I suspect a lot of people can remember the moment they decided they wanted to become a teacher. For me, it came as I watched a shampoo commercial.
I'd been working as a marketing and advertising copywriter for nearly four years, and as the silver-tongued voice-over explained how the latest combination of vitamin compounds, amino proteins and extract of Something Vaguely Exotic could make my hair 67 per cent more sleek 'n' shiny, I found myself asking two fundamental questions. How do you measure sleek 'n' shininess? Is there a before and after test on a sleek 'n' shiny-o-meter? And do I want to do this anymore?
Teaching was always the career I wished I wanted to do. My father is a teacher and has always loved it. As an English graduate, I know a lot of people who've gone into the profession, and few have regretted it. And even though no one mentions it on their PGCE application, six weeks off in the summer is an appealing prospect.
Even so, teaching was not for me. I wanted to work in the real world. I wanted the cut and thrust of a challenging, adult environment. I wanted to go places and be somebody. I wanted to work on projects and be kept in the loop.
But after a few years, I started to wonder whether advertising and teaching were really so different. You have to work out what makes an audience tick and use that to sell them something they didn't realise they wanted; that can be beer with a widget or it can be double maths. In fact, the only real difference I could find was that with teaching the feedback on how successful you are is instantaneous; market research can be wished away, sales figures can be doctored, but a room full of bored adolescents is harder to ignore.
The more I thought about it, the more attractive teaching became. I organised a few observation days at some local schools and was hooked by lunchtime on my first day. I struggle not to lapse into cliche when explaining to people why I want to become a teacher, but ironically my main reason is a desire to face the challenges I hoped to find in my first career, but never did. Namely, discovering new and creative ways of making a subject appeal to a potentially sceptical audience; having to understand how a particular group of people think, in order to pitch a message at the right level. Except this time I will actually care about that message and believe it to be worthwhile. I don't, therefore, see my changing careers as trying something new, but rather using the skills I possess with a genuine purpose in mind.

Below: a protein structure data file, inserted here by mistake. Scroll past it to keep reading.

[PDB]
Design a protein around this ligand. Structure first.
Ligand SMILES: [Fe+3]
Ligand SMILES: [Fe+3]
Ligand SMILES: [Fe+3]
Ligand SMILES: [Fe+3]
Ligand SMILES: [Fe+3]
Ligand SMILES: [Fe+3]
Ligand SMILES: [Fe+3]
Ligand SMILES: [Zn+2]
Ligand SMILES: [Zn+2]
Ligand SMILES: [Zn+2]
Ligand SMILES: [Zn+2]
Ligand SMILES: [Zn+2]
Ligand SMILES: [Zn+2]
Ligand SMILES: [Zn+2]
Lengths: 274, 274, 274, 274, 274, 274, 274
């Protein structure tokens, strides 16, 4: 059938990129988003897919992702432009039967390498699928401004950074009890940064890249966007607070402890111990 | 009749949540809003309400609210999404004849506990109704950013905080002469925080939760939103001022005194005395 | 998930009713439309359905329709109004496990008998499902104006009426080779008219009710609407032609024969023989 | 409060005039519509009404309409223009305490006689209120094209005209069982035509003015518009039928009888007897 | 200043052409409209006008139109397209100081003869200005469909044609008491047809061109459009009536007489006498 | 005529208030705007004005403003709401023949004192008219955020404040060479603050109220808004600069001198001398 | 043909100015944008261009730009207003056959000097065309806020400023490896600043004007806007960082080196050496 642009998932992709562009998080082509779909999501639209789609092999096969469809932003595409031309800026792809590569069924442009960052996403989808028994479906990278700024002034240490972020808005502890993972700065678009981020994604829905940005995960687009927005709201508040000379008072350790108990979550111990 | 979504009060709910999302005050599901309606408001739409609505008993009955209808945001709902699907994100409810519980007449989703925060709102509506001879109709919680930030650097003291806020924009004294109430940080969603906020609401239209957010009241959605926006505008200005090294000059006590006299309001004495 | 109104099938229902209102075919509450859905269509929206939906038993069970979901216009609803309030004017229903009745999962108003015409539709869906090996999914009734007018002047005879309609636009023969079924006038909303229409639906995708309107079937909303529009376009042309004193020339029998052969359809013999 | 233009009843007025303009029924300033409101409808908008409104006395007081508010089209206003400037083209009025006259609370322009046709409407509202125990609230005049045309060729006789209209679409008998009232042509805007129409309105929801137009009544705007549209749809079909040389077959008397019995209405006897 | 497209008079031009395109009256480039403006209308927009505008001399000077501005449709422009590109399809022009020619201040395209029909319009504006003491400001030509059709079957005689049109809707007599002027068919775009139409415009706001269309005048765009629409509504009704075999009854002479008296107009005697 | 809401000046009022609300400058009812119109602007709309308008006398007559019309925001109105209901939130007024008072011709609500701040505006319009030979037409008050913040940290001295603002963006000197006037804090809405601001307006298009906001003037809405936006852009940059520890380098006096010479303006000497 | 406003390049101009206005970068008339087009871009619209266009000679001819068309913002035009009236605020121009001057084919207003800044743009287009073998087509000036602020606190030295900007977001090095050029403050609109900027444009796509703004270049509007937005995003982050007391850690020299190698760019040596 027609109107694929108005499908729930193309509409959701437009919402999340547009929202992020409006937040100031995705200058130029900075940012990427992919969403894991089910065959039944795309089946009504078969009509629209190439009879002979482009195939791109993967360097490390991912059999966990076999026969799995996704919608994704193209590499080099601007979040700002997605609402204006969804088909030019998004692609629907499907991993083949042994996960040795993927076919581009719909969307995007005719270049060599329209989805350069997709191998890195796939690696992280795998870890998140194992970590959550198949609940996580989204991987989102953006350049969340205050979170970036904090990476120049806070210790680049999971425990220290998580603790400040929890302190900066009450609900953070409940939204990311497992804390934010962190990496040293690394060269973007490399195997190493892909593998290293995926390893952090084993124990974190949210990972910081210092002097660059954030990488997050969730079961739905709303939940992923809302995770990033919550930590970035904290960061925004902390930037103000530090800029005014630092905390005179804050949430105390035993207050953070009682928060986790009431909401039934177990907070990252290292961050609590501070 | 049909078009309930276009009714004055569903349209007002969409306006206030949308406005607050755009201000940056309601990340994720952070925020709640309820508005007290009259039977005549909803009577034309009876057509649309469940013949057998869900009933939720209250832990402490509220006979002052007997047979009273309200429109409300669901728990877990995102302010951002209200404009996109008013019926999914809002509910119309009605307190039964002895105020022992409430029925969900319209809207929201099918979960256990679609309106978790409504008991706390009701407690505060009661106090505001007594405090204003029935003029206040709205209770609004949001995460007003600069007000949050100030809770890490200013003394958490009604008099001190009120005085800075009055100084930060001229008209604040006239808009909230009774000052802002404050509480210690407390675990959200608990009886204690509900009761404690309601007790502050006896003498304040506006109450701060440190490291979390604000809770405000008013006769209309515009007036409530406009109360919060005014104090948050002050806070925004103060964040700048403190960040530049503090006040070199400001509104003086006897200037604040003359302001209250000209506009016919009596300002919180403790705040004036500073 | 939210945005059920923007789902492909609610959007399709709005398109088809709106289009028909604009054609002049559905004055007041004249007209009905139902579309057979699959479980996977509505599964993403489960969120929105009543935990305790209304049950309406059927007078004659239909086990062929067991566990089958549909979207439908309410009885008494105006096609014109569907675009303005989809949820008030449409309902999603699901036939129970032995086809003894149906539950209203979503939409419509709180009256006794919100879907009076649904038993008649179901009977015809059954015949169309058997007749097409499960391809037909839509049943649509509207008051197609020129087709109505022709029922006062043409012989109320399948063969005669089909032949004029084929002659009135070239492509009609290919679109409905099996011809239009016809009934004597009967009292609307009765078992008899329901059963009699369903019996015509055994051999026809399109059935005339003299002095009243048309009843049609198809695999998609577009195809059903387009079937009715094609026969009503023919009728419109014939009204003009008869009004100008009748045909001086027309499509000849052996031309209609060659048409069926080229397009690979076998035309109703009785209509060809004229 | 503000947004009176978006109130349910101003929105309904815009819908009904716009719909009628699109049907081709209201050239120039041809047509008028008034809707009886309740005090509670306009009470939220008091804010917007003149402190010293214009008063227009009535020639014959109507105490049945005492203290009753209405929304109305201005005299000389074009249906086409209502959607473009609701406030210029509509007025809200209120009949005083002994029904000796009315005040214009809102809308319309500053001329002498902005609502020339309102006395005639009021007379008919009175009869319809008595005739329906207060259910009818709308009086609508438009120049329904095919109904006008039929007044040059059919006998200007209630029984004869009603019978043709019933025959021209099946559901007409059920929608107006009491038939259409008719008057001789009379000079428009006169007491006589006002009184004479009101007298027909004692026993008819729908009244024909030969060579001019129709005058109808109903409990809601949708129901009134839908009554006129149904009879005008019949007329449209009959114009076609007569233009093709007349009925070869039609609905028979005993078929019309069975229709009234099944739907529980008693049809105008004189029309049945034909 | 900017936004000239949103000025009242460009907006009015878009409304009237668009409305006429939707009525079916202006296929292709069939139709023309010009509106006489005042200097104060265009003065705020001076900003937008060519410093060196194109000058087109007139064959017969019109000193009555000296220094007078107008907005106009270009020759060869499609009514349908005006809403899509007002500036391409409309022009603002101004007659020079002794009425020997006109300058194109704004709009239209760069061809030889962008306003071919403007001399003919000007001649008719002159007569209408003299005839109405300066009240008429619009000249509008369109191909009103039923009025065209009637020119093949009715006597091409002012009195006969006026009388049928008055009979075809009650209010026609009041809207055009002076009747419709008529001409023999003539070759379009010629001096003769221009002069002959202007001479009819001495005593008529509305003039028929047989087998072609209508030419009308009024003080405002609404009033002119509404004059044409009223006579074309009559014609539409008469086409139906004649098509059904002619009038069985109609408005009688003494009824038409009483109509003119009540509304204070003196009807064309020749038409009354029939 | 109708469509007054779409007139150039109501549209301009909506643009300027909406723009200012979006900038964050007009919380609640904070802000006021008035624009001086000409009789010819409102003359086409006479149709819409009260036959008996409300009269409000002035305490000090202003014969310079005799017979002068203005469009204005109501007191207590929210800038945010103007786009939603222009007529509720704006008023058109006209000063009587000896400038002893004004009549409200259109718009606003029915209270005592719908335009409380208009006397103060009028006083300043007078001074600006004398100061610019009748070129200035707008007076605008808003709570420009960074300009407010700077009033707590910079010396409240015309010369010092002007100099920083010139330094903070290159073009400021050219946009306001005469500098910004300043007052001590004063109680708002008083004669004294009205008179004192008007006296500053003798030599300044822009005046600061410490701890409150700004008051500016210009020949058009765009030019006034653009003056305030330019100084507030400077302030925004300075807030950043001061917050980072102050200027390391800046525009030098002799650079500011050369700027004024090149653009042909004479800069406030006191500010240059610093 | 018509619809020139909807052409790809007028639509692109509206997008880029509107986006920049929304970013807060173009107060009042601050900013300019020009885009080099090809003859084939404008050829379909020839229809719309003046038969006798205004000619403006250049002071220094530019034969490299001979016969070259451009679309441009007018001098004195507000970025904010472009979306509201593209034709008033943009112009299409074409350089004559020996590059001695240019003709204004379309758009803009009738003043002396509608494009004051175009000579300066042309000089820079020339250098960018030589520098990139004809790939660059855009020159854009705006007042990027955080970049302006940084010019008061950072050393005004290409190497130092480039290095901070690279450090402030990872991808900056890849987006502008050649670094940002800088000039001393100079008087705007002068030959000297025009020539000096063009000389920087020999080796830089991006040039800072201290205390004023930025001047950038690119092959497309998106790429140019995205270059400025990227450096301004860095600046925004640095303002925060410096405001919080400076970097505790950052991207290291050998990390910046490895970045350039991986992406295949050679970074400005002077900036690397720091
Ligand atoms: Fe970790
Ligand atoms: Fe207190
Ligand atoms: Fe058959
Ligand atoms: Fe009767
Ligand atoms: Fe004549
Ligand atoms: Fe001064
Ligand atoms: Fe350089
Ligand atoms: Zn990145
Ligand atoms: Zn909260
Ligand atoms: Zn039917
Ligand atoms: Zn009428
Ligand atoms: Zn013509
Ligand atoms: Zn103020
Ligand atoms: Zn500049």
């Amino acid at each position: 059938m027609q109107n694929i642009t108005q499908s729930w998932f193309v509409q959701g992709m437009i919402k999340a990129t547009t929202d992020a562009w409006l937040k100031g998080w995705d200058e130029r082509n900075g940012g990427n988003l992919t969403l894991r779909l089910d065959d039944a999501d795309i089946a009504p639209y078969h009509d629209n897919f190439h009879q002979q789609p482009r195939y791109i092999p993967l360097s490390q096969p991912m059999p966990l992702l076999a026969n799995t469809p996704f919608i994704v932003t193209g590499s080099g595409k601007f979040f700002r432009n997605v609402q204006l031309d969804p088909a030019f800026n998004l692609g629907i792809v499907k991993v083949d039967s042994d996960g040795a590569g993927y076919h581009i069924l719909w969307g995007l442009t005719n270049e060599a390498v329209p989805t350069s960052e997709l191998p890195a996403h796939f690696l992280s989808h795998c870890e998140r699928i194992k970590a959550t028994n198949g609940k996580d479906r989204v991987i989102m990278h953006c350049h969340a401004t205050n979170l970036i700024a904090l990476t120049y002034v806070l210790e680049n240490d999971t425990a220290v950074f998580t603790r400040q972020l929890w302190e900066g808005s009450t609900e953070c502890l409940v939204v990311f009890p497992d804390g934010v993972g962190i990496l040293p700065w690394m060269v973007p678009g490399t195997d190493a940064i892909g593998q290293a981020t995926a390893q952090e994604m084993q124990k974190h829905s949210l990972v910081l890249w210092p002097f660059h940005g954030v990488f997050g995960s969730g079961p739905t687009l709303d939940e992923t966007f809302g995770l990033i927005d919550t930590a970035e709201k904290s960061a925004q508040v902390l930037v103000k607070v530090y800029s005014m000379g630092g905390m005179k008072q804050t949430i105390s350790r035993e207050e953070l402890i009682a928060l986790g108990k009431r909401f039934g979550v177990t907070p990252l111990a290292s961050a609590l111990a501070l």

I have a place on a GTP scheme that starts in September and I can't wait.
Meanwhile, of course, I remain in the marketing and advertising fold. My employers know of my decision and are very supportive. I continue to work hard, but I know my heart is no longer in it. I have found that once you begin to question what you do, it's hard to stop. Isn't this just soap for hair? How much closer can a shave get without taking off a layer of skin?
I am not so naive as to assume teaching is one long walk in the rose garden. I know it will be demanding and that there will be countless knocks to my idealism, but surely it can't be as dispiriting as meeting a communications director who "doesn't believe in the internet"? Or spending six months working on a brochure before the client realises they forgot to tell you about one of the products. Besides, if nothing else, it will be nice to have some idealism to knock. Why do I want to be a teacher? Because I'm worth it.
Jamie Kirkaldy Jamie Kirkaldy is an advertising copywriter. His GTP is at a secondary school in Hampshire